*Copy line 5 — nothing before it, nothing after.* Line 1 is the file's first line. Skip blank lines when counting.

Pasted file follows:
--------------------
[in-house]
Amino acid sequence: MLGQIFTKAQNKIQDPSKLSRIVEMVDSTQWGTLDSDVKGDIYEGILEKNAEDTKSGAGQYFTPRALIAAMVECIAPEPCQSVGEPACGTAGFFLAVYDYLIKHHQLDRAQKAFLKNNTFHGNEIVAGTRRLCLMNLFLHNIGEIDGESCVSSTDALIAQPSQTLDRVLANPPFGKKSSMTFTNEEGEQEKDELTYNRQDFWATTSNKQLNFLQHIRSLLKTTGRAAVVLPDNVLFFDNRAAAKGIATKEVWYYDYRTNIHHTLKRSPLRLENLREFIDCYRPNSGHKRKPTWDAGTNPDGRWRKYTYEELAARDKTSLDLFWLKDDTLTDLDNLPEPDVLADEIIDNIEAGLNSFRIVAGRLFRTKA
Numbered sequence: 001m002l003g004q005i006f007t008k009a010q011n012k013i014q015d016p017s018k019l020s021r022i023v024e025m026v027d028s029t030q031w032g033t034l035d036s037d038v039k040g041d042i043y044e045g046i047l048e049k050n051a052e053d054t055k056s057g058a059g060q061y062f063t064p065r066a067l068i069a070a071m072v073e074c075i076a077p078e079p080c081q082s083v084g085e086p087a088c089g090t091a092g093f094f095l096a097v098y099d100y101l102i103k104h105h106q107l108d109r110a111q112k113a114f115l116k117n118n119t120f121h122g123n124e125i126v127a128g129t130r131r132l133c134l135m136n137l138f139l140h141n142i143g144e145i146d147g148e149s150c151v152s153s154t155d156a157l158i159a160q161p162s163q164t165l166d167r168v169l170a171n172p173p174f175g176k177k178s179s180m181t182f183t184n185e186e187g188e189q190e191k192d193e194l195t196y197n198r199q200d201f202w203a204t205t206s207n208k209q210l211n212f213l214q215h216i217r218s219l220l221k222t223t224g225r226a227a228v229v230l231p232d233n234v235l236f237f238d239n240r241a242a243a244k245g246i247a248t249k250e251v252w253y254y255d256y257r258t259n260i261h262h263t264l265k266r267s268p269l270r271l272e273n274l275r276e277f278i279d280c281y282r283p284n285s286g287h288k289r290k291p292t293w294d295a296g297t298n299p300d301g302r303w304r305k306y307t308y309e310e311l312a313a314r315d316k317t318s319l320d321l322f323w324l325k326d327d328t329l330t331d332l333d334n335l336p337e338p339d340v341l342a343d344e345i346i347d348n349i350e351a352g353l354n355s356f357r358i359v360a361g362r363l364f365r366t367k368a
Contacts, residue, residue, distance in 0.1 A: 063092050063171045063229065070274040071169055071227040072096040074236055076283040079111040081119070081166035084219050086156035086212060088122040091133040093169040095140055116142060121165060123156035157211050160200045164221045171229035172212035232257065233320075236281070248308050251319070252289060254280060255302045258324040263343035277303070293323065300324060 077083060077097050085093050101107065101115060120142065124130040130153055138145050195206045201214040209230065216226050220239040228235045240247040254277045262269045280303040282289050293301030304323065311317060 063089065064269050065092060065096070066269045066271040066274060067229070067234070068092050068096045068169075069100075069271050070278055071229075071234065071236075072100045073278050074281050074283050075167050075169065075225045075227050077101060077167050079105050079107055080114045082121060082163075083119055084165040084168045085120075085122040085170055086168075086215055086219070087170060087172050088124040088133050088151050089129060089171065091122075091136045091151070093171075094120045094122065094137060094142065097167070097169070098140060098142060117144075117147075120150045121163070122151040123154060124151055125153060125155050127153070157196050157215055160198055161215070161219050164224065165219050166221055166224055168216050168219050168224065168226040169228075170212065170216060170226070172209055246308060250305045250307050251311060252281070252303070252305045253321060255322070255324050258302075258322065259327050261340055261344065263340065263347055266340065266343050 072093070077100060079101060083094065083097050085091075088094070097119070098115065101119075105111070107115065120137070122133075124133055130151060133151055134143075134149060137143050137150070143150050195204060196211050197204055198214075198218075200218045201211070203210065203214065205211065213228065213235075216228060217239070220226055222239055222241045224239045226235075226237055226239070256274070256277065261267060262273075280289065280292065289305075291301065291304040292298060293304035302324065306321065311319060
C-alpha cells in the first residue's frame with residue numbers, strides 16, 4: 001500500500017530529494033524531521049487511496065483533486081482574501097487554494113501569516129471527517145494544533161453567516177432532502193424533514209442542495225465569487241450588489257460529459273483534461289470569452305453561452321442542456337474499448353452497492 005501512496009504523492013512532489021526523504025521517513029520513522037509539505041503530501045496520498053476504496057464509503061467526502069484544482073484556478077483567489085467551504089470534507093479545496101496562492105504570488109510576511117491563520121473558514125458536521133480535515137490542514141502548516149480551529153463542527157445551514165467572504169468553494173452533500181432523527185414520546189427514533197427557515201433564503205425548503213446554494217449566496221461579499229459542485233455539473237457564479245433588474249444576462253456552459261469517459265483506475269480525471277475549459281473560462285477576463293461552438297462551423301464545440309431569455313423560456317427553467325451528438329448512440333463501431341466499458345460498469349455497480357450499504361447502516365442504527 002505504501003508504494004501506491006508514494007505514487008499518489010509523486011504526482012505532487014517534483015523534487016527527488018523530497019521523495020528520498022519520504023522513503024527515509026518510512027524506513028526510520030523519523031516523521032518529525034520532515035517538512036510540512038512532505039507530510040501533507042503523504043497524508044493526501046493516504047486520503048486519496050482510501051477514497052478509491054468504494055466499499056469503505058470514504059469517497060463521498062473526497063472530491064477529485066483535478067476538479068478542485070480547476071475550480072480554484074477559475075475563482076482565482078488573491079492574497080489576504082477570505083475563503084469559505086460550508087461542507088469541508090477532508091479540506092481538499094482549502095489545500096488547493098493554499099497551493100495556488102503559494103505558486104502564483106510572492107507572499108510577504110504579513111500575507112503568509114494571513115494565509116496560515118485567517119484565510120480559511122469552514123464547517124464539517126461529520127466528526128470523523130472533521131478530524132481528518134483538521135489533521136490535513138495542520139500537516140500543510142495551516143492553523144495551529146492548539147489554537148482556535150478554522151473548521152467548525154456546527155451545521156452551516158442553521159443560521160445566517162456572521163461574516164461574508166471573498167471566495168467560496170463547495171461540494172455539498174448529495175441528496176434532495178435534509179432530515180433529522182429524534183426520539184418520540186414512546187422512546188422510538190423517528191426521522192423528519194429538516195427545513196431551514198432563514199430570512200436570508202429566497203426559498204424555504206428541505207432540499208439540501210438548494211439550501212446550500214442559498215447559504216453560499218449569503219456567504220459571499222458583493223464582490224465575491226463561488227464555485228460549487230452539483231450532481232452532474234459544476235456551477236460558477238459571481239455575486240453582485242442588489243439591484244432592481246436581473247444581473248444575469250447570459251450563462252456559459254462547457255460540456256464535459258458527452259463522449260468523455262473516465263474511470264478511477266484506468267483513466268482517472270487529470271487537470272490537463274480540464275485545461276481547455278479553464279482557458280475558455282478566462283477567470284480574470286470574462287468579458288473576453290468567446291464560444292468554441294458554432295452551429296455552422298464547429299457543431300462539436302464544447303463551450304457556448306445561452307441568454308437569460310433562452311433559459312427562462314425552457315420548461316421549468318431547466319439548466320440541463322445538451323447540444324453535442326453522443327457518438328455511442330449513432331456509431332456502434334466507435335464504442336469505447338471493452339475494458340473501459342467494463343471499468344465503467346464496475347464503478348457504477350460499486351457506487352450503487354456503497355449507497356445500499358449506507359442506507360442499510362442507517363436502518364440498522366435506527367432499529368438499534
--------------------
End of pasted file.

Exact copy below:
C-alpha cells in the first residue's frame with residue numbers, strides 16, 4: 001500500500017530529494033524531521049487511496065483533486081482574501097487554494113501569516129471527517145494544533161453567516177432532502193424533514209442542495225465569487241450588489257460529459273483534461289470569452305453561452321442542456337474499448353452497492 005501512496009504523492013512532489021526523504025521517513029520513522037509539505041503530501045496520498053476504496057464509503061467526502069484544482073484556478077483567489085467551504089470534507093479545496101496562492105504570488109510576511117491563520121473558514125458536521133480535515137490542514141502548516149480551529153463542527157445551514165467572504169468553494173452533500181432523527185414520546189427514533197427557515201433564503205425548503213446554494217449566496221461579499229459542485233455539473237457564479245433588474249444576462253456552459261469517459265483506475269480525471277475549459281473560462285477576463293461552438297462551423301464545440309431569455313423560456317427553467325451528438329448512440333463501431341466499458345460498469349455497480357450499504361447502516365442504527 002505504501003508504494004501506491006508514494007505514487008499518489010509523486011504526482012505532487014517534483015523534487016527527488018523530497019521523495020528520498022519520504023522513503024527515509026518510512027524506513028526510520030523519523031516523521032518529525034520532515035517538512036510540512038512532505039507530510040501533507042503523504043497524508044493526501046493516504047486520503048486519496050482510501051477514497052478509491054468504494055466499499056469503505058470514504059469517497060463521498062473526497063472530491064477529485066483535478067476538479068478542485070480547476071475550480072480554484074477559475075475563482076482565482078488573491079492574497080489576504082477570505083475563503084469559505086460550508087461542507088469541508090477532508091479540506092481538499094482549502095489545500096488547493098493554499099497551493100495556488102503559494103505558486104502564483106510572492107507572499108510577504110504579513111500575507112503568509114494571513115494565509116496560515118485567517119484565510120480559511122469552514123464547517124464539517126461529520127466528526128470523523130472533521131478530524132481528518134483538521135489533521136490535513138495542520139500537516140500543510142495551516143492553523144495551529146492548539147489554537148482556535150478554522151473548521152467548525154456546527155451545521156452551516158442553521159443560521160445566517162456572521163461574516164461574508166471573498167471566495168467560496170463547495171461540494172455539498174448529495175441528496176434532495178435534509179432530515180433529522182429524534183426520539184418520540186414512546187422512546188422510538190423517528191426521522192423528519194429538516195427545513196431551514198432563514199430570512200436570508202429566497203426559498204424555504206428541505207432540499208439540501210438548494211439550501212446550500214442559498215447559504216453560499218449569503219456567504220459571499222458583493223464582490224465575491226463561488227464555485228460549487230452539483231450532481232452532474234459544476235456551477236460558477238459571481239455575486240453582485242442588489243439591484244432592481246436581473247444581473248444575469250447570459251450563462252456559459254462547457255460540456256464535459258458527452259463522449260468523455262473516465263474511470264478511477266484506468267483513466268482517472270487529470271487537470272490537463274480540464275485545461276481547455278479553464279482557458280475558455282478566462283477567470284480574470286470574462287468579458288473576453290468567446291464560444292468554441294458554432295452551429296455552422298464547429299457543431300462539436302464544447303463551450304457556448306445561452307441568454308437569460310433562452311433559459312427562462314425552457315420548461316421549468318431547466319439548466320440541463322445538451323447540444324453535442326453522443327457518438328455511442330449513432331456509431332456502434334466507435335464504442336469505447338471493452339475494458340473501459342467494463343471499468344465503467346464496475347464503478348457504477350460499486351457506487352450503487354456503497355449507497356445500499358449506507359442506507360442499510362442507517363436502518364440498522366435506527367432499529368438499534